Next they need to get the price in the under $20 range...
    Power consumption low enough that it can be powered off either ambient wifi, solar, heat exchanger... something small...

    THEN the revolution will come.

  • by Penguinisto ( 415985 ) on Tuesday January 07, 2014 @05:48PM (#45892077) Journal

    Did that i7 just have no cooling at all, was overclocked, or did you disable all the safeties somehow? Even the old pentium mobiles would throttle down and eventually just shut down if they got too hot - saving its own life and a world of hurt for the owner.

    It was a Samsung RC-512... it had c(sorta adequate) cooling and SpeedStep enabled, and no overclocking, but over time (around 8 months) I was forced to set processor affinity for the high-end render apps down to just half the cores, lest it just kick out and shut down the laptop.

  • by rhsanborn ( 773855 ) on Tuesday January 07, 2014 @05:56PM (#45892141)
    It's more than that, and it's silly little things we haven't thought about. Granted, we can do some of this already, but I had a use case this last week. I have a really hard time getting up in the morning when it's dark out. They make sunrise alarm clocks, but I think it would be nice to have the bedroom lights slowly dim up to simulate a sunrise and gently wake me up. (This is possible with current home automation tech)

    It might be nice to have a light sensor in my gutters that warns me if a downspout is clogged or they need cleaning before my annual fall cleanup. I have a whole house humidifier and when it gets to -10 like this week, it needs to be turned down or I get condensation on the windows. Smart things can do that for me. These are all things that ubiquitous computing can do, and that's pretty cool.
  • by Penguinisto ( 415985 ) on Tuesday January 07, 2014 @05:56PM (#45892143) Journal

    Think about things around your house and then imagine if they were connected.

    I did - in 1999, when Sun was pushing their Jini framework [] up at the University of Utah. They even had this cute little video of what an Internet-connected house looked and acted like.

    I got to ask the first question in their Q&A session. I asked them how the setup would prevent me from, say, breaking into their home network, locking their freezer defrost on permanently, keep the doors permanently unlocked in spite of saying they're locked, lock their televisions on 24/7 and to only porn channels, turn on the A/C full-blast during wintertime (or the heater during summer) - oh, or make all the bedroom lights come on and off randomly at 1-2 minute intervals throughout the night.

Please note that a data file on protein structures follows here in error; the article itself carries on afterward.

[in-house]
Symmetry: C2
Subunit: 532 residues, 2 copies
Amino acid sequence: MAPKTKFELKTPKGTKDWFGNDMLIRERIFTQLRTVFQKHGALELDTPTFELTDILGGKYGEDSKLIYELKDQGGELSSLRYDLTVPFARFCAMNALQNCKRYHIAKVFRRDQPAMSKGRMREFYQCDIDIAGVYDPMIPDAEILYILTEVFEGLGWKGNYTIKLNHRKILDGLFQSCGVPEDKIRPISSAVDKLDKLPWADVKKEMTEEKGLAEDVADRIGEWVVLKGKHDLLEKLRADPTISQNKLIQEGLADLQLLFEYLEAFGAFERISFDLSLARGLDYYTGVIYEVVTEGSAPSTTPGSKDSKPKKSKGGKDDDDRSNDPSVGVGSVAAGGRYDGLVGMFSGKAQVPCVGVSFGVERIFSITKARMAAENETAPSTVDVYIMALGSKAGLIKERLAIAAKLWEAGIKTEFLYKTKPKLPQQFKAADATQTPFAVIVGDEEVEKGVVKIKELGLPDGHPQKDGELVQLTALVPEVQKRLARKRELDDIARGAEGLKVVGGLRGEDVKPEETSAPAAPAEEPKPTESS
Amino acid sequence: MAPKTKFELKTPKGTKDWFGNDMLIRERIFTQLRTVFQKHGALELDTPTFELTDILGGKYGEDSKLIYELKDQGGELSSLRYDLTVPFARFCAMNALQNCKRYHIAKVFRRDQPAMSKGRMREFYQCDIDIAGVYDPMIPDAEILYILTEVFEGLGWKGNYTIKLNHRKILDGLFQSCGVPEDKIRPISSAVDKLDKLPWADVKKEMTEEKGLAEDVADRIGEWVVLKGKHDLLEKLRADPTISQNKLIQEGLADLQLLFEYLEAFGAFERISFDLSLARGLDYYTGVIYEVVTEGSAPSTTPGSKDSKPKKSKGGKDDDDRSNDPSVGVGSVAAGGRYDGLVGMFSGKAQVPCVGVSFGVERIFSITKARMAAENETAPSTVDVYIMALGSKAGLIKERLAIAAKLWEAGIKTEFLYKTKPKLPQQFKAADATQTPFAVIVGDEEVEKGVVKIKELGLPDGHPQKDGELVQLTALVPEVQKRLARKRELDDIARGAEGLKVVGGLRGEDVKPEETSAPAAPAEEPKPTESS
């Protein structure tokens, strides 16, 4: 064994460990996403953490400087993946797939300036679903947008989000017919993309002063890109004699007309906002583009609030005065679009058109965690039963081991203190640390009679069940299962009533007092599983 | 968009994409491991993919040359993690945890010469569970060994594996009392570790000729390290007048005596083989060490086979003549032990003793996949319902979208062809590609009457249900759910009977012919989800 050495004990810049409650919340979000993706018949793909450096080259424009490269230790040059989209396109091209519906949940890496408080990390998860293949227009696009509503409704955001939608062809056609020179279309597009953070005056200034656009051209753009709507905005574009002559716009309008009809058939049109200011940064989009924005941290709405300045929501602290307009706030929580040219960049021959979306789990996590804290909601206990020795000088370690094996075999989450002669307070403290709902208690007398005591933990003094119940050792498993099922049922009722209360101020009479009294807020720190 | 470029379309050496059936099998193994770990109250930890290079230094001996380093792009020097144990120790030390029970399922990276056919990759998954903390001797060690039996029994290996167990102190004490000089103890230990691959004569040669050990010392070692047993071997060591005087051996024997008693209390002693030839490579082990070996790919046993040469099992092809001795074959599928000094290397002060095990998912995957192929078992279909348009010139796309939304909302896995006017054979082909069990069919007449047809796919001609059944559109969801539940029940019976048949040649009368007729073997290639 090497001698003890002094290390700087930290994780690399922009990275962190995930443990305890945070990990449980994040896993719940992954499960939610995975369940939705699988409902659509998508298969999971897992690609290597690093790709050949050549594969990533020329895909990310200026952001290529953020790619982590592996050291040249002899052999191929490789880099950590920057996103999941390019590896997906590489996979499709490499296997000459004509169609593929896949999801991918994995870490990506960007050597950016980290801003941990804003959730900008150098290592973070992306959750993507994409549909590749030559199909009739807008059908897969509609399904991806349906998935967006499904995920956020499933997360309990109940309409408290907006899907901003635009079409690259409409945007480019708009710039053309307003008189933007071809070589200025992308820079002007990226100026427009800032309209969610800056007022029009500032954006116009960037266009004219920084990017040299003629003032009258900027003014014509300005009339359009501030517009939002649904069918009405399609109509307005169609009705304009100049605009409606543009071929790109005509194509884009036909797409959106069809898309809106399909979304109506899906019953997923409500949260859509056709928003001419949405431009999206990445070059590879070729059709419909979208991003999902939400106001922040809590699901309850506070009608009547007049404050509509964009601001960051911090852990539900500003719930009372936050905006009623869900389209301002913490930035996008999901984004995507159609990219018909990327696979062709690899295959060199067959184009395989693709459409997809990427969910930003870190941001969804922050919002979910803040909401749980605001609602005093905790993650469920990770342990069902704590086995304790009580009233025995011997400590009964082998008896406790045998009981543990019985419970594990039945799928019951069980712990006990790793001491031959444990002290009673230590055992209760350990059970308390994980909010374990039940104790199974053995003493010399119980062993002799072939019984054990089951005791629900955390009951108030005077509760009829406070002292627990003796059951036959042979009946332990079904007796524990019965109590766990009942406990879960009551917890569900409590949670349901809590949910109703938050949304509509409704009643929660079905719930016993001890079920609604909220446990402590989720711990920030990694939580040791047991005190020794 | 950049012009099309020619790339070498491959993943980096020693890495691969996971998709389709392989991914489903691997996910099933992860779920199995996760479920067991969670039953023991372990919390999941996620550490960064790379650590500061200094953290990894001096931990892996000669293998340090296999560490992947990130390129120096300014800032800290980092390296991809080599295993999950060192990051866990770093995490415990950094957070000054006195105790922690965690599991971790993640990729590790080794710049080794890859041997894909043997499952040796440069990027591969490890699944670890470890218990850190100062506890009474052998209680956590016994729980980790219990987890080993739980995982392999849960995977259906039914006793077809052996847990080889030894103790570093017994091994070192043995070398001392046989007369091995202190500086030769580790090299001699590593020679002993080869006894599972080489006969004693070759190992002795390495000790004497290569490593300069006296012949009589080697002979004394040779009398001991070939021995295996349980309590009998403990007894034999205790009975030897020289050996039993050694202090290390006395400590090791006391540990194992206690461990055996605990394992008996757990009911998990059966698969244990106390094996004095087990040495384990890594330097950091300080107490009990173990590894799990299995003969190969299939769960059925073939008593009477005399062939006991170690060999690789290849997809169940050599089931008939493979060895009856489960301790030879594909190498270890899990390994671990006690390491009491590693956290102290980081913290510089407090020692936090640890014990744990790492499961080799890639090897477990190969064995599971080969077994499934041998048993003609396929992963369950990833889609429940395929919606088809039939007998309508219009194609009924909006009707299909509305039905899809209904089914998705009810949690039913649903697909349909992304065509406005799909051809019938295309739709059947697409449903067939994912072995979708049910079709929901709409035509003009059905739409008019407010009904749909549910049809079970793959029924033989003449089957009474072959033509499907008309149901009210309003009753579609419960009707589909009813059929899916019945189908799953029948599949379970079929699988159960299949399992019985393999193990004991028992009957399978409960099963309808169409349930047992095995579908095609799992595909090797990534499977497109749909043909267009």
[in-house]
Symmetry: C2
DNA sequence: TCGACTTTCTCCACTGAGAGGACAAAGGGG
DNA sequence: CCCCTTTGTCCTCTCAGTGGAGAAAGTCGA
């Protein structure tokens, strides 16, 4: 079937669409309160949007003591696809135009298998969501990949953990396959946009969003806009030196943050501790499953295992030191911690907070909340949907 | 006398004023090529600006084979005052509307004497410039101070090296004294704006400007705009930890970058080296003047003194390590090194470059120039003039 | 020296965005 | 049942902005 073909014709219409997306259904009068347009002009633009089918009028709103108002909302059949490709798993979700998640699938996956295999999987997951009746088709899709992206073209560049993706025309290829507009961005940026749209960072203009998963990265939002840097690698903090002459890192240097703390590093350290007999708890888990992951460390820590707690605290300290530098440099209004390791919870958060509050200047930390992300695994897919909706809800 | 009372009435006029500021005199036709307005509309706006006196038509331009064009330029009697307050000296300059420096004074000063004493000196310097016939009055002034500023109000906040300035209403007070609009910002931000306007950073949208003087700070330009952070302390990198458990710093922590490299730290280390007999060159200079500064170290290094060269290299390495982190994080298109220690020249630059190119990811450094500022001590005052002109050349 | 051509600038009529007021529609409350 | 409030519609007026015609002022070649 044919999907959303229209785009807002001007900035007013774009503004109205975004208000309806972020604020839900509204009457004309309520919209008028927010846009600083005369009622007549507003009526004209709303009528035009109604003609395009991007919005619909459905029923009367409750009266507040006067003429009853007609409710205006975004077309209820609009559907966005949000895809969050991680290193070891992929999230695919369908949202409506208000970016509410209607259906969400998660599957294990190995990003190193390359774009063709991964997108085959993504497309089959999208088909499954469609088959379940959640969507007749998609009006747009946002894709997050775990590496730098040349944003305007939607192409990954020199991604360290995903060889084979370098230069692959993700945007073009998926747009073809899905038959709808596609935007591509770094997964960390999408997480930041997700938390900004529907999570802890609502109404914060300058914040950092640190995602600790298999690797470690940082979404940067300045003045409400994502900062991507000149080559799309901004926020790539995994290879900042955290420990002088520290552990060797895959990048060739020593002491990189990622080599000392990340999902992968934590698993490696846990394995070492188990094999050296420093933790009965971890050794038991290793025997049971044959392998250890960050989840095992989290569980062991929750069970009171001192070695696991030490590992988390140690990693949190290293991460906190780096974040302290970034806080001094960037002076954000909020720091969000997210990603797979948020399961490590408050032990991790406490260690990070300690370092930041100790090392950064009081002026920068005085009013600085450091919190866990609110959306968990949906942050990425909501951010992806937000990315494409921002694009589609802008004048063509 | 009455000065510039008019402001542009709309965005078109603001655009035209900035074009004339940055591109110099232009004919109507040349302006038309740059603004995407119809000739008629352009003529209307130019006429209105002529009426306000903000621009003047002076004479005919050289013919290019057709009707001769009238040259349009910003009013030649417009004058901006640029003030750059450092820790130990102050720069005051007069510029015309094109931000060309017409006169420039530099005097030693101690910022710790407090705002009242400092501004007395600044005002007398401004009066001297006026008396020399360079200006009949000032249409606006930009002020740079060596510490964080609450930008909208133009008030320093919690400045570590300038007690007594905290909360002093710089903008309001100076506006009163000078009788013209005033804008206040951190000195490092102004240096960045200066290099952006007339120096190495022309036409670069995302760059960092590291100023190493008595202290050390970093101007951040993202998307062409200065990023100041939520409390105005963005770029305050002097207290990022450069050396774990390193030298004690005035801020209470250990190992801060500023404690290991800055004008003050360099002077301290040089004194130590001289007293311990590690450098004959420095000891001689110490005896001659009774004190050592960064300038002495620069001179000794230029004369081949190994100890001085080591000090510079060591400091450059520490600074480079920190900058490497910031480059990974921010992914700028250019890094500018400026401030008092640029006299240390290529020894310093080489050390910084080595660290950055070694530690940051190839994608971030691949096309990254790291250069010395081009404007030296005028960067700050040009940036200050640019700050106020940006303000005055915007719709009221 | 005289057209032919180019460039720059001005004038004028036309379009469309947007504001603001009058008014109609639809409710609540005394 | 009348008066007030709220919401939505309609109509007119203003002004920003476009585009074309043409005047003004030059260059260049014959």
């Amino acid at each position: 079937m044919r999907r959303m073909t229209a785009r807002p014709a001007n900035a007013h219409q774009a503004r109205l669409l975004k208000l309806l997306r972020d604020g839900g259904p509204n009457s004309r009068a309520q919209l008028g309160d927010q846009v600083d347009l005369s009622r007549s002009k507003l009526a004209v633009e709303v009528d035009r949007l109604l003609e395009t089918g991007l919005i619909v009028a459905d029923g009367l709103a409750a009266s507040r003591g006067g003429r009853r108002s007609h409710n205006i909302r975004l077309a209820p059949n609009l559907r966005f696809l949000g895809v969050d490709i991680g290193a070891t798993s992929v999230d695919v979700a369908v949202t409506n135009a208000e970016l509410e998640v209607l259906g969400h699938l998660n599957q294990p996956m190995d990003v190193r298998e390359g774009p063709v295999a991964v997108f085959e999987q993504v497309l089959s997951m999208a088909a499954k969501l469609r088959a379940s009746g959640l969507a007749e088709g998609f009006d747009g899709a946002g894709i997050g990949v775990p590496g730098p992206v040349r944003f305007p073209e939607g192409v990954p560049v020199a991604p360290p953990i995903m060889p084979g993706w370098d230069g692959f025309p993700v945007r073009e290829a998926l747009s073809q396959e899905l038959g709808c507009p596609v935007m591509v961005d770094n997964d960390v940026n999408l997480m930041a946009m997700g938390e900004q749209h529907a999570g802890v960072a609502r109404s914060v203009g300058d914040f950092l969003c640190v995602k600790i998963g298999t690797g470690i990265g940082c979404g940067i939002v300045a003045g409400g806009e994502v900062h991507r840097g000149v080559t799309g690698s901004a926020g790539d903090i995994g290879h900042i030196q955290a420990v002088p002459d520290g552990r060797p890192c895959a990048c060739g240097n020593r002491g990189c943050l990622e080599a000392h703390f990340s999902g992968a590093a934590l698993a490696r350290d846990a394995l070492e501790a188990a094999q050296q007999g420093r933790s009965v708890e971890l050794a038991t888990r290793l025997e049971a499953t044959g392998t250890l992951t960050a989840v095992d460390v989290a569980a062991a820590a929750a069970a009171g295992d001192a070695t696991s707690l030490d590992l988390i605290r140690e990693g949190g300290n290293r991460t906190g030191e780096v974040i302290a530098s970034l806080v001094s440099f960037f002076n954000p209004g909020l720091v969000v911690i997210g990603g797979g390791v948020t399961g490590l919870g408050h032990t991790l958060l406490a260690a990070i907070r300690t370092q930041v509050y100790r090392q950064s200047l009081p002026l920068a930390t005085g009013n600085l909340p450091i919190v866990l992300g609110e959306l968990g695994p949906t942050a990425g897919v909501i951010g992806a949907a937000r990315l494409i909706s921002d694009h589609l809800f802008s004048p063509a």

They mumbled something about "we're working on security" and gave me a mug. Every question after that from everyone else only got worse from there.

  • by psergiu ( 67614 ) on Tuesday January 07, 2014 @06:45PM (#45892639)

    Something like this is already implemented on HP's PA-RISC and (later Itanium) servers since last century. Go onto the system console, type Ctrl+B and you have access to a small computer completely separate from the main OS and CPU, running diagnostic software which has "probes" on all the hardware buses and components. On the newer servers you can use-it to power on and off various parts of the server, and to enable or disable various busses and connections, allowing you to electrically partition a single server in multiple ones (CPU board 0 + I/O board 0 = 1st server, CPU board 1 + I/O board 1 = 2nd one ...) power them on and access their consoles. Like some kind of VMWare implemented in hardware.

  • by kylemonger ( 686302 ) on Tuesday January 07, 2014 @07:25PM (#45892985)

    Instead of having computers in everything, I'd rather have robot that checked the milk and all that. What we're really all hankering for are slaves^H^H^H^H^H^H robots shaped like human beings, that we don't have to feel sorry about exploiting. They'll do all the things we don't want to do and won't require everything in the house to have a battery in it. I'd much rather deal with a single robot than worry that every appliance in my home has a brain and its own agenda.

MESSAGE ACKNOWLEDGED -- The Pershing II missiles have been launched.